Service-Oriented vs. Outcome-Oriented Leadership

Republican senators delegate power to their leaders and give them the necessary autonomy to make important decisions associated with managing the Senate floor. In the past, leaders like Mike Mansfield, D-Mont., and Robert Byrd, D-W.Va., used their powers to facilitate the participation of interested members in the legislative process on the Senate floor. At the time, the job of a floor leader was understood by senators to be service-oriented. Rank-and-file senators deputized individual colleagues to serve as leaders because the inclusive and deliberative process characteristic of the Senate would be too chaotic without them.

In contrast, today’s leaders appear to be more outcome-oriented than their predecessors. They use their delegated powers and autonomy to control the legislative process, structuring it to secure their colleagues’ support for a predetermined course of action. Consequently, leaders use their influence to regulate their colleagues’ participation in the legislative process instead of facilitating it.

The transition from a service-oriented to an outcome-oriented leadership model is reflected in the evolving understanding among Republican floor leaders of the process by which they keep their colleagues informed of significant floor developments like unanimous consent requests. Leaders implement Rule IV’s directive to consult with concerned senators using a so-called hotline system that notifies their colleagues of floor developments via phone and email. Senators with concerns are instructed to inform their leaders immediately. The hotline system was initially envisioned as a service that leaders offered to rank-and-file senators, freeing them up to focus on other activities without sacrificing their procedural rights. While they were doing so, their leaders would monitor the floor and object to unanimous consent requests on their behalf (as well as keep them alert to other important developments).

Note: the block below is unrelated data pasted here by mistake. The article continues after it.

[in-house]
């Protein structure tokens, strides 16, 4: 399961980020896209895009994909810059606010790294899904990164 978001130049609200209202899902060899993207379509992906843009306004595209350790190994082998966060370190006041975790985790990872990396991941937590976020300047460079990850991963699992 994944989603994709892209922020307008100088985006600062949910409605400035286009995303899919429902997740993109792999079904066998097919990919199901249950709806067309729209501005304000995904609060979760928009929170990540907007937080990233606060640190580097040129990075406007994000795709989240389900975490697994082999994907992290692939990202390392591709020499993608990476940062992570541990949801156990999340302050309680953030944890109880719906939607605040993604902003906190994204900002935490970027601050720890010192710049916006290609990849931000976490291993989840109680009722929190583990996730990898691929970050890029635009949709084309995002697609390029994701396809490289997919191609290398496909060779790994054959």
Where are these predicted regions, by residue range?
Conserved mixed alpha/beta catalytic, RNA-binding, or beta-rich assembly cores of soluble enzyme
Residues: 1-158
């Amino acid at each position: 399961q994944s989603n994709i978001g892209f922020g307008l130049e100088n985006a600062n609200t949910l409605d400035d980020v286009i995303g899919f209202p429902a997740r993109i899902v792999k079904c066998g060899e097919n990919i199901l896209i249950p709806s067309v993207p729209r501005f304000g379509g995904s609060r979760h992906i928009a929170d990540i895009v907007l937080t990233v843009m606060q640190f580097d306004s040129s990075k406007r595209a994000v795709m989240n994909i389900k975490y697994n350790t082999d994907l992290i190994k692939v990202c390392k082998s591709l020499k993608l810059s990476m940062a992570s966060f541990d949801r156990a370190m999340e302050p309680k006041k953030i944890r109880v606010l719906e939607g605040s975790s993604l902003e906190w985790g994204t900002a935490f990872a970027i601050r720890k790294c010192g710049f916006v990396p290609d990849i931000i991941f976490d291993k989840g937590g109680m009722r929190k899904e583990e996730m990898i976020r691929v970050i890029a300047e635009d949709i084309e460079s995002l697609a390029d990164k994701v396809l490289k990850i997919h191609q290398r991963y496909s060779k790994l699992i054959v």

Yet beginning in the 1980s, Republican leaders Howard Baker, R-Tenn., and Bob Dole, R-Kan., made significant changes to the hotline system that undermined the principal-agent relationship. Baker announced in 1982 that he would no longer treat member notifications as binding. In other words, the Republican leader would no longer object automatically to unanimous consent requests when asked to do so by his colleagues. Dole expanded on Baker’s changes in 1986, notifying Republican senators that he would no longer keep such requests in confidence.